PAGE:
Was it ever thus? Probably.
At any rate, we are now poised to give new life to the old adage that the British fight well and negotiate poorly.
If the decisions taken at Chequers last Friday are allowed to stand, immense damage will have been done to British democracy. The result of the referendum of June 2016 was a majority decision to leave the European Union. What we are now offered verges on Brexit-in-name-only (BINO?). We will take law from Europe on vast swathes of our commerce. Our ability to strike trade deals will be circumscribed. European courts will continue to subvert British law. In Whitehall, tongues are already wagging about a major climb-down on immigration come autumn. To say that we are about to make ourselves a vassal state is not mere rhetoric – it is a simple matter of definition.
As Gisela Stuart writes in the Telegraph (6 July 2018), it is hard to imagine a comparable state of affairs if things had gone the other way in 2016.
None of this is particularly surprising. The EU has been the blight of European democracy for the better part of a quarter of a century. Within the last decade it has suspended democracy in Greece and Ireland. Even the composition of Italian cabinets is subject to EU consent. Southern Europe has been trapped in fiscal bondage to sustain the ever-more dystopic dreams of the Eurocracy.
Most of this proceeded with the connivance of national governments. ‘Is this what the men of 1916 died for?’ The Irish Times wondered as it inspected the terms of the bailout of 2010 – to no avail. Irish Taoisigh have spent the last generation chastising their electorates for voting down EU treaty after EU treaty; moralised and told the ‘ignorant’ public to try again – under material threat, when necessary.
There is nothing new about the rhetoric we have heard in the last couple of years: the accusations of ignorance, the doom-laden prophecies of viagraic Jeremiahs, the panic and the wailing. Not even when an addled ex-Prime Minister, winner of the largest popular vote in history, condemned the voice of the people as a kind of tyranny; not even when a Chancellor threatened his electors with a Carthaginian budget if they would not eat their Brussels, as they were told. The most alarming this is, they seem to mean it.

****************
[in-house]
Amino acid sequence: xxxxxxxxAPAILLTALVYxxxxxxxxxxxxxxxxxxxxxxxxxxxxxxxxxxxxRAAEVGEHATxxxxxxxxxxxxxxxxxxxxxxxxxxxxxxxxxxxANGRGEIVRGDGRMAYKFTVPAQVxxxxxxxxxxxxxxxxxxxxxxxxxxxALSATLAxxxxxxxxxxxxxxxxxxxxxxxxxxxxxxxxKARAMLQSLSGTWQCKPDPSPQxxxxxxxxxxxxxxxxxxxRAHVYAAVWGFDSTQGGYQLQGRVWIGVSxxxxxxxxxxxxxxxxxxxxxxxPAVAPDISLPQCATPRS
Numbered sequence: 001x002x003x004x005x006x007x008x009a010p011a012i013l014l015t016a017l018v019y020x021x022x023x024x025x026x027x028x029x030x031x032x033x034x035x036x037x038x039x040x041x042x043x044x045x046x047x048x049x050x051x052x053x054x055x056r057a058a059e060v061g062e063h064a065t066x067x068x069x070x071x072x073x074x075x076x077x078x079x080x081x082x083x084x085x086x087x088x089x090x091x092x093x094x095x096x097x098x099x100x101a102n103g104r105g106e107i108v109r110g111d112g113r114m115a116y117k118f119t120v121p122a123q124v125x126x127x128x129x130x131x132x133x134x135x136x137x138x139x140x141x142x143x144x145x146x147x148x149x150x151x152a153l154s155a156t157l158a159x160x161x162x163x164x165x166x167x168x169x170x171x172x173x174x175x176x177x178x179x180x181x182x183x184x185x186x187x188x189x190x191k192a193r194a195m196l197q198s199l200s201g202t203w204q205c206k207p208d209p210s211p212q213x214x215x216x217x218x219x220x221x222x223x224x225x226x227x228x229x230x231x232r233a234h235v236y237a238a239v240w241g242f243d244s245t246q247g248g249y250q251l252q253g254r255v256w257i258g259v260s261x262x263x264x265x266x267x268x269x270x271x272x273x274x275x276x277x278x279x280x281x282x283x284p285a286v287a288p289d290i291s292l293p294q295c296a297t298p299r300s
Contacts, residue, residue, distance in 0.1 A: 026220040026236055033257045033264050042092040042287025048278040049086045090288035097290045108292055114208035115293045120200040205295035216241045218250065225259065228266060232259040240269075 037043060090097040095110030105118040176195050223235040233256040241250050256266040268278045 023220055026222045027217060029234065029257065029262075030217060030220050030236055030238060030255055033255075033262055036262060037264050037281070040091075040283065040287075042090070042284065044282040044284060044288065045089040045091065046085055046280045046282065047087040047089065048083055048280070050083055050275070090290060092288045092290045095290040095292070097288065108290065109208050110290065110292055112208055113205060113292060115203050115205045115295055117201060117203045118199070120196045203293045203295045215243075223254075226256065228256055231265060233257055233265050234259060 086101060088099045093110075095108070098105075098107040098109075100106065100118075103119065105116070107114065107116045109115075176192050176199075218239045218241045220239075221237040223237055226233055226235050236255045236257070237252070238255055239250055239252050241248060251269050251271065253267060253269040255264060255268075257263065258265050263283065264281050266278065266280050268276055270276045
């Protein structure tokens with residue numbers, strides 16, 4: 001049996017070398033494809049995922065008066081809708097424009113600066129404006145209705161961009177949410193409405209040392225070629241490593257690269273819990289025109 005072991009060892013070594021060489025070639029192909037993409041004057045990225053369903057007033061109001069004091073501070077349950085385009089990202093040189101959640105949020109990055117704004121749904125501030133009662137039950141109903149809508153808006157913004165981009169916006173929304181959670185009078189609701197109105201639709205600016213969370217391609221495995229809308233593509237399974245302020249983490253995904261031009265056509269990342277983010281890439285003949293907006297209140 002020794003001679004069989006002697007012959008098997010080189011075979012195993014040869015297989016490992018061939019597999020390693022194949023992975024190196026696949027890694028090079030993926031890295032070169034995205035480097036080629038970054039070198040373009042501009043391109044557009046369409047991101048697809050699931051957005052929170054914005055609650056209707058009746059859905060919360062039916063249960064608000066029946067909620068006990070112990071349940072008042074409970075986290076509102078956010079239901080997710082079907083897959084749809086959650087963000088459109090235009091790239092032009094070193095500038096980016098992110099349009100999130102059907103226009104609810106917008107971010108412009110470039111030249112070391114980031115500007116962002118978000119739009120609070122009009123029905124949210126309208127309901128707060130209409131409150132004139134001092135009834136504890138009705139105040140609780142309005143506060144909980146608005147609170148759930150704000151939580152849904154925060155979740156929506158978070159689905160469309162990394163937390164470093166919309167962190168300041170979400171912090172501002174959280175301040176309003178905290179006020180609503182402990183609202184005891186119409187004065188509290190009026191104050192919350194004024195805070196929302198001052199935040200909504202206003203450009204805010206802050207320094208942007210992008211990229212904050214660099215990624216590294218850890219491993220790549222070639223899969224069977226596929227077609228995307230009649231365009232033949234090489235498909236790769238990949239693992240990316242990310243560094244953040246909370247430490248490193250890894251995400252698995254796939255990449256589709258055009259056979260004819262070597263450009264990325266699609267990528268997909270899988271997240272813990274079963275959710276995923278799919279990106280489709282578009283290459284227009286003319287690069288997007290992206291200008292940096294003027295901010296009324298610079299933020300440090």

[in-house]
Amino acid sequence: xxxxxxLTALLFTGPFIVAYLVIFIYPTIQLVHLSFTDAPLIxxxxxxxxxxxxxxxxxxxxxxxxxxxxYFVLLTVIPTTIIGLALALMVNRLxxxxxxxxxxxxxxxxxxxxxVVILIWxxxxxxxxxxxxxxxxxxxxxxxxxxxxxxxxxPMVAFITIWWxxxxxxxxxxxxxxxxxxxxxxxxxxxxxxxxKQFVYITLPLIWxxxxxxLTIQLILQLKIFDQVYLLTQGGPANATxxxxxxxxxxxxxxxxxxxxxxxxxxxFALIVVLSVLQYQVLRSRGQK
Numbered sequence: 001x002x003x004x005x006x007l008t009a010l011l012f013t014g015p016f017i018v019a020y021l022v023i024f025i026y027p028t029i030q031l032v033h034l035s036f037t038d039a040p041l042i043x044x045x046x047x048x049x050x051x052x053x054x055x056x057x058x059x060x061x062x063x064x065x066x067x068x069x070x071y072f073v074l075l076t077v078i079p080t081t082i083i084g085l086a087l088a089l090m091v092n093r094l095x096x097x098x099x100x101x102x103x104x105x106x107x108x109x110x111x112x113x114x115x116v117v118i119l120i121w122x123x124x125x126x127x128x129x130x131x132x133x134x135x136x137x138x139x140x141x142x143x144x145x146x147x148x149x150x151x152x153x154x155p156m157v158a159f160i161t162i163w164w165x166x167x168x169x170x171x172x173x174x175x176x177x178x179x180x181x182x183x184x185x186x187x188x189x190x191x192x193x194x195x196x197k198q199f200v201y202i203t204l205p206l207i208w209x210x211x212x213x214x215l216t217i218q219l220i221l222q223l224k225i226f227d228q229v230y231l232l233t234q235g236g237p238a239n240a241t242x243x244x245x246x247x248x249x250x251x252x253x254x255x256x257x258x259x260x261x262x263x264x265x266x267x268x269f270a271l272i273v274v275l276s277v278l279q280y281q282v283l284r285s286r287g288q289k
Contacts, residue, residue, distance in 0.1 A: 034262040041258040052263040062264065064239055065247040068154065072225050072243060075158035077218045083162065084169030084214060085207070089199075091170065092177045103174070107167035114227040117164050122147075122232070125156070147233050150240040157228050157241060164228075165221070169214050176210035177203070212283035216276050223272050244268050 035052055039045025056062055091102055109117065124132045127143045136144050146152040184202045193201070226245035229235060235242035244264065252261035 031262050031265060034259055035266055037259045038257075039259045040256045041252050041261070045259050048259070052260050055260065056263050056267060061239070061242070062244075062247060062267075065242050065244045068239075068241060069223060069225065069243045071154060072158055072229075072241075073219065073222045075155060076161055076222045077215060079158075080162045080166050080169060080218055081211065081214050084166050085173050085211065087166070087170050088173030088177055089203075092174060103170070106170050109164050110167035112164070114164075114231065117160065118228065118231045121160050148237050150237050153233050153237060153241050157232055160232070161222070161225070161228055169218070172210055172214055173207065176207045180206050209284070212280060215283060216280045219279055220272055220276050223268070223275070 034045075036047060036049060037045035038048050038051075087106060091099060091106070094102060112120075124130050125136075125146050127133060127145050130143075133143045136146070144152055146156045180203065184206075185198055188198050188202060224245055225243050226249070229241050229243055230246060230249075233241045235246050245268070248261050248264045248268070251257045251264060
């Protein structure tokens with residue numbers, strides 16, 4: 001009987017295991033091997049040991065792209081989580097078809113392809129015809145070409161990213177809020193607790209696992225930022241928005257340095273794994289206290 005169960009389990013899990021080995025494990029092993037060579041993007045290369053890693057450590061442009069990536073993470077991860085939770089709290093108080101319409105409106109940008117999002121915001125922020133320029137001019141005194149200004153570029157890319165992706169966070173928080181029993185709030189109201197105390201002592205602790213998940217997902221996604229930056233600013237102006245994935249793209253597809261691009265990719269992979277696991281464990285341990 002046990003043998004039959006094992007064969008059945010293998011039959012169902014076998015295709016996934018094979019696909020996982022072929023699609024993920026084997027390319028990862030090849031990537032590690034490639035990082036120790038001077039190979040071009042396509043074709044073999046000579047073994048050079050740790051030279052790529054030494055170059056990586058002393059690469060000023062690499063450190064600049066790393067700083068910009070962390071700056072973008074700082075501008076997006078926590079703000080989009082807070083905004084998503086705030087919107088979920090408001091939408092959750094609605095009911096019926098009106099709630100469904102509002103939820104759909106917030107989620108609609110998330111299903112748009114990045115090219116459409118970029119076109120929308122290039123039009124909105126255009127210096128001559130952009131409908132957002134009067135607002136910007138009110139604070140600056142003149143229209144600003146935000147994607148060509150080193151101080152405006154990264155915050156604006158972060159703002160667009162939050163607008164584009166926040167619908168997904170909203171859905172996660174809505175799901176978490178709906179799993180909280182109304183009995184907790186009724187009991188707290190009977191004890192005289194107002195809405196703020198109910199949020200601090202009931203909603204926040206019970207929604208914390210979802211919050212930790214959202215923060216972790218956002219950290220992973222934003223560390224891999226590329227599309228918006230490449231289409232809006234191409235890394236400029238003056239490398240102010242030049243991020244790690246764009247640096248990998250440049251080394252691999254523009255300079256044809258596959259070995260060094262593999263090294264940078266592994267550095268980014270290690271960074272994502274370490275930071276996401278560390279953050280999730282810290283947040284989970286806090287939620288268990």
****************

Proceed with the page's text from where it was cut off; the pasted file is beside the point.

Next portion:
Brexit gave hope for the reinvigoration of democracy, that ailing light of the West, in the United Kingdom; but if it had a purpose beyond these shores, it was in the repudiation of this whispering tyranny, in the living expression of freedom and courage over submission and fear. Long ago, a French philosopher lamented: ‘in Europe, the last sigh of liberty will be heaved by an Englishman’.
As the prospect of a new trade relationship with the US slips away, we may do well to commune with the history that our two countries share. A little more than a century and a half ago, Abraham Lincoln said that ‘government of the people, by the people, for the people, shall not perish from the earth’.
The struggle must go on.
About a hundred years ago, some Irish politicians were trying to separate their country from the United Kingdom. The Anglo-Irish Treaty did not resolve the issue, and the divisions it caused still shape the politics of the Republic today. But that treaty was not the end of the matter. Treaties, after all, can be revised. Of course, constrained by size, Ireland’s quest for independence has never found its mark.